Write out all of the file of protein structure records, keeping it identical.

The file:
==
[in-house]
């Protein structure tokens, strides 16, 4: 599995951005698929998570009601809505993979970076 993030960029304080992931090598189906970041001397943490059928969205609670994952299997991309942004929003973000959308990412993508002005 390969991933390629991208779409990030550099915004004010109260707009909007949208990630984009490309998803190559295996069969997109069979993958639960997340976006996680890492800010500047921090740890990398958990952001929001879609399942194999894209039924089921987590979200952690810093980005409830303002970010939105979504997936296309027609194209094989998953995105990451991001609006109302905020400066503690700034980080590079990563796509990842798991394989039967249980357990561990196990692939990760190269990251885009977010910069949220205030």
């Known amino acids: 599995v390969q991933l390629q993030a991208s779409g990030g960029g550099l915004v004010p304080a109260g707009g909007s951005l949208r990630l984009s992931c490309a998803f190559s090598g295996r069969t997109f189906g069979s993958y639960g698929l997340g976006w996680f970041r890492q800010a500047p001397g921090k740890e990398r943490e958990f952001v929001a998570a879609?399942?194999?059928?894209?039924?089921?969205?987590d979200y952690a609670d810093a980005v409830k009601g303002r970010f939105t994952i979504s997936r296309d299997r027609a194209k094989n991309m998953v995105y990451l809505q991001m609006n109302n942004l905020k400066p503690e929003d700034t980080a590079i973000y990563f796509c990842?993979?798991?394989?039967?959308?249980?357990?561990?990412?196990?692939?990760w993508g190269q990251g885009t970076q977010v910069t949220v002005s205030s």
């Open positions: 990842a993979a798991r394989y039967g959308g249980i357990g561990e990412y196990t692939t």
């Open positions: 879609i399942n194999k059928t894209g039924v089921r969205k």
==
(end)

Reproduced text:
[in-house]
């Protein structure tokens, strides 16, 4: 599995951005698929998570009601809505993979970076 993030960029304080992931090598189906970041001397943490059928969205609670994952299997991309942004929003973000959308990412993508002005 390969991933390629991208779409990030550099915004004010109260707009909007949208990630984009490309998803190559295996069969997109069979993958639960997340976006996680890492800010500047921090740890990398958990952001929001879609399942194999894209039924089921987590979200952690810093980005409830303002970010939105979504997936296309027609194209094989998953995105990451991001609006109302905020400066503690700034980080590079990563796509990842798991394989039967249980357990561990196990692939990760190269990251885009977010910069949220205030």
């Known amino acids: 599995v390969q991933l390629q993030a991208s779409g990030g960029g550099l915004v004010p304080a109260g707009g909007s951005l949208r990630l984009s992931c490309a998803f190559s090598g295996r069969t997109f189906g069979s993958y639960g698929l997340g976006w996680f970041r890492q800010a500047p001397g921090k740890e990398r943490e958990f952001v929001a998570a879609?399942?194999?059928?894209?039924?089921?969205?987590d979200y952690a609670d810093a980005v409830k009601g303002r970010f939105t994952i979504s997936r296309d299997r027609a194209k094989n991309m998953v995105y990451l809505q991001m609006n109302n942004l905020k400066p503690e929003d700034t980080a590079i973000y990563f796509c990842?993979?798991?394989?039967?959308?249980?357990?561990?990412?196990?692939?990760w993508g190269q990251g885009t970076q977010v910069t949220v002005s205030s």
């Open positions: 990842a993979a798991r394989y039967g959308g249980i357990g561990e990412y196990t692939t």
């Open positions: 879609i399942n194999k059928t894209g039924v089921r969205k």